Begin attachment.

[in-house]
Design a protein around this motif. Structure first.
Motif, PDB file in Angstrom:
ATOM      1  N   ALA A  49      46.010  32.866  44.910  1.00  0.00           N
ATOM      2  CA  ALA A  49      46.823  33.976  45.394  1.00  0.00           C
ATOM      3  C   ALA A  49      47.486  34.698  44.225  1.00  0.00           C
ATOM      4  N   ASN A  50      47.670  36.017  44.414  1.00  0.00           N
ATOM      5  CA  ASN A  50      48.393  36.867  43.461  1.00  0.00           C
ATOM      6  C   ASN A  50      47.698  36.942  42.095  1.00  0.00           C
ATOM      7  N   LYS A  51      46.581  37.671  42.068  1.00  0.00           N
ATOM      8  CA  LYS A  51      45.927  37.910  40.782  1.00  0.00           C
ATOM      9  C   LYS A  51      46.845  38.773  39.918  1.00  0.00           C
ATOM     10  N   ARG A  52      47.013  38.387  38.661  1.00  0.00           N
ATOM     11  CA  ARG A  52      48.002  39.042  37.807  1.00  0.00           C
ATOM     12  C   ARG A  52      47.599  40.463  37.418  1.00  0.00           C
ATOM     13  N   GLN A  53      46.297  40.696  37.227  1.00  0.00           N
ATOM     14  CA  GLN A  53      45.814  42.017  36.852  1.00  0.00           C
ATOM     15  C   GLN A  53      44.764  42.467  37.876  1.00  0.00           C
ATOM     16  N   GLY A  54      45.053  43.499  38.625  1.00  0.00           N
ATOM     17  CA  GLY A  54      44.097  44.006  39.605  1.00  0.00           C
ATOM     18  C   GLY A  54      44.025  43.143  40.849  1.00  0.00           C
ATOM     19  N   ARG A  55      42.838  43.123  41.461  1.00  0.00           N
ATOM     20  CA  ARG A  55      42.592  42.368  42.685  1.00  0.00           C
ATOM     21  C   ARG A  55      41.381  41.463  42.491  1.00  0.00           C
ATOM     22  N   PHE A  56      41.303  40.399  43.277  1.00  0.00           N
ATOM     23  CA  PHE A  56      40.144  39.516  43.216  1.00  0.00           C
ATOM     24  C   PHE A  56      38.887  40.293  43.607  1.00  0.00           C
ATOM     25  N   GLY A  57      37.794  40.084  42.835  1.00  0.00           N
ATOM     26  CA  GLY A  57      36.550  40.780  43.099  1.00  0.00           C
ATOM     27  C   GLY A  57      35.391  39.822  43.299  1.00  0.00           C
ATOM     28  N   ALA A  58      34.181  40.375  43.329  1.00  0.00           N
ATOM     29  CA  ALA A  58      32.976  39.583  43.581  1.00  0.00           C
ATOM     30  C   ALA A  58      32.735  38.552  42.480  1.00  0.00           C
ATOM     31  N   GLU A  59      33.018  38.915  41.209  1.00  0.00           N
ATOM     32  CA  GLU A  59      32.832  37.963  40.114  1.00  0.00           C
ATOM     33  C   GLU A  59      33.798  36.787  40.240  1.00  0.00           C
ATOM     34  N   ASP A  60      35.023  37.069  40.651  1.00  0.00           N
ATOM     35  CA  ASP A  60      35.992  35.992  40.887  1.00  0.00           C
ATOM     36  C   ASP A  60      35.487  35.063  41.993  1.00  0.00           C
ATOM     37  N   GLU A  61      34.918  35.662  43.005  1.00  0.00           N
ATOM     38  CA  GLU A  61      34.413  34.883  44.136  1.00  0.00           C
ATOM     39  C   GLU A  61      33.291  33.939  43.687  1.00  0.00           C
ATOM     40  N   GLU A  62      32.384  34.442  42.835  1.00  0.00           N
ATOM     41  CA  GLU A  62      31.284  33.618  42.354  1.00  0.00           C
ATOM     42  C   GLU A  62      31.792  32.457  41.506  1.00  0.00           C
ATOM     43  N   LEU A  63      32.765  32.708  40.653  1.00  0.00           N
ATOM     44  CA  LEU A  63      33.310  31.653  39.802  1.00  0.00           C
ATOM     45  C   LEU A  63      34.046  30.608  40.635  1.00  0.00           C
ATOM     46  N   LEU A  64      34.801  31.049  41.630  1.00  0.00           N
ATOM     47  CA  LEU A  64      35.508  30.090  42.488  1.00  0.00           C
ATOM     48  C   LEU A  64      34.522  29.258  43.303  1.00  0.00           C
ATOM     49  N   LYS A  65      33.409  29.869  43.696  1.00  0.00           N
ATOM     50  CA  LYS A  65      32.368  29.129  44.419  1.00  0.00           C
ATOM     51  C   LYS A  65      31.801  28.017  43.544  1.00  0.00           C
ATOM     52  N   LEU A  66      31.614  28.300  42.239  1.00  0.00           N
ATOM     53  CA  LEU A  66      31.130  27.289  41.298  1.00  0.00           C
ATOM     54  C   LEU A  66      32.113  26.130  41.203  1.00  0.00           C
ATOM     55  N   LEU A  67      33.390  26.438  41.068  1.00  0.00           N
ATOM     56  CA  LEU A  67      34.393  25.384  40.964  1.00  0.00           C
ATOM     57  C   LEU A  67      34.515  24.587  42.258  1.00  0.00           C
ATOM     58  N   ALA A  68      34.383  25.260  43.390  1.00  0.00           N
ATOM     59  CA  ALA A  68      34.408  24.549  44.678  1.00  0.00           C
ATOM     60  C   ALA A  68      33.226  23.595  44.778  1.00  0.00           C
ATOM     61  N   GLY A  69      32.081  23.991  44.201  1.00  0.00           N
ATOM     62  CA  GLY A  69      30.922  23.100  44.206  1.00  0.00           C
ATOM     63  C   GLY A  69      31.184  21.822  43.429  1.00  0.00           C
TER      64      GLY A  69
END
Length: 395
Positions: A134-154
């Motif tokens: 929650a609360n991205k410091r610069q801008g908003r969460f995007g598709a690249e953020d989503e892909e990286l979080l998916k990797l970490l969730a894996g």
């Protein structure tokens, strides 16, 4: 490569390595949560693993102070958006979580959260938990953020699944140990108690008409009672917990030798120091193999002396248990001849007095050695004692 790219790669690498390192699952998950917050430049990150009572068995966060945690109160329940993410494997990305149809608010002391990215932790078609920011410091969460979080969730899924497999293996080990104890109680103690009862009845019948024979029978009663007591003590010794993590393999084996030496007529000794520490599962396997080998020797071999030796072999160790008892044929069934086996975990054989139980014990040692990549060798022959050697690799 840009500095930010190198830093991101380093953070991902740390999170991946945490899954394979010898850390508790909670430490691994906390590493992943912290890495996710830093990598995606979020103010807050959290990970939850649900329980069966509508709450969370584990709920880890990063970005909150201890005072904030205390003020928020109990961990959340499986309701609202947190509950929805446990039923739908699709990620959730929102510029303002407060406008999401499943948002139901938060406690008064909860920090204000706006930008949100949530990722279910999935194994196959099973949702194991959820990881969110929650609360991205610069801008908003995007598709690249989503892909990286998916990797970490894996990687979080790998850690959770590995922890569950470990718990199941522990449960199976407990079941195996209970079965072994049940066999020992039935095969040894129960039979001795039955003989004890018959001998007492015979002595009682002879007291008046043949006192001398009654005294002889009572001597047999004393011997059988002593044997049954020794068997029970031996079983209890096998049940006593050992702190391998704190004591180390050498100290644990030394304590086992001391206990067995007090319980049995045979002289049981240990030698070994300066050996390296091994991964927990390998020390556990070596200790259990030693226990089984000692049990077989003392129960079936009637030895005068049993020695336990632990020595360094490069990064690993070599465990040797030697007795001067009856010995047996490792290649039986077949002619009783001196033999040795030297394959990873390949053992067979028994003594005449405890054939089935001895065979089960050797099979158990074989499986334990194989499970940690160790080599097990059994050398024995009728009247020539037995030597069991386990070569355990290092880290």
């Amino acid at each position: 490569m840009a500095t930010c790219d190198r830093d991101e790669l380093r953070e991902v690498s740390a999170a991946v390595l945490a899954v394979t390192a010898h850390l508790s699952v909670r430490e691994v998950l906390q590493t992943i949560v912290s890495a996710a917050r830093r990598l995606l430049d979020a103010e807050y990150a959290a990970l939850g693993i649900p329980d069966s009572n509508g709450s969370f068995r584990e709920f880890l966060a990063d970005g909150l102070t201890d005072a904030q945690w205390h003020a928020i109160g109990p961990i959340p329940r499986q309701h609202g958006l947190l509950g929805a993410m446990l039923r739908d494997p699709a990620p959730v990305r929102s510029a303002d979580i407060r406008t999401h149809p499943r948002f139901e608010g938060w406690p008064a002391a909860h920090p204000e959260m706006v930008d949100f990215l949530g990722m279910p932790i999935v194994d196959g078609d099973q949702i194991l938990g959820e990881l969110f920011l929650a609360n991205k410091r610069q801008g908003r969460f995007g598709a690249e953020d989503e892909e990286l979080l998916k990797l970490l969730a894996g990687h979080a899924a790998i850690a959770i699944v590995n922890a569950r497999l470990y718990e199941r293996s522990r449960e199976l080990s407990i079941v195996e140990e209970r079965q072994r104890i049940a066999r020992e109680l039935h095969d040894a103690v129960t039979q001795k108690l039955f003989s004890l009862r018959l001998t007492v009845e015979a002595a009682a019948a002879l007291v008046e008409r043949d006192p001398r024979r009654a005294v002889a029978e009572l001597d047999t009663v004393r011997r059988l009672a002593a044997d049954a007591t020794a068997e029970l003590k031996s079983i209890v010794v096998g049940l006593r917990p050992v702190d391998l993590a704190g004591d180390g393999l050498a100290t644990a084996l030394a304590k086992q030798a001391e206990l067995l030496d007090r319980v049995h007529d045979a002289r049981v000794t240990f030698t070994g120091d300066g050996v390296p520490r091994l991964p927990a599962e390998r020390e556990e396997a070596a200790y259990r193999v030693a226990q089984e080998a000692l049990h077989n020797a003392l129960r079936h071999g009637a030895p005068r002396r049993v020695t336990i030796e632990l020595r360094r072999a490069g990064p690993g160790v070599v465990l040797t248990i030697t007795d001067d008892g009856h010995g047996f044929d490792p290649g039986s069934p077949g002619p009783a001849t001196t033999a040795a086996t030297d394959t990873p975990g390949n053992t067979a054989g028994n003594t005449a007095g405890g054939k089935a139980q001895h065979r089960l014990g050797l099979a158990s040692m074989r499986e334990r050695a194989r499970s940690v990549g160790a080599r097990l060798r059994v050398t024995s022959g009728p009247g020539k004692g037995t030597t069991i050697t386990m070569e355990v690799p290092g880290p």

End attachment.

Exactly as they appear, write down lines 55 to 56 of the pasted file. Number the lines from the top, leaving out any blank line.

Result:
ATOM     52  N   LEU A  66      31.614  28.300  42.239  1.00  0.00           N
ATOM     53  CA  LEU A  66      31.130  27.289  41.298  1.00  0.00           C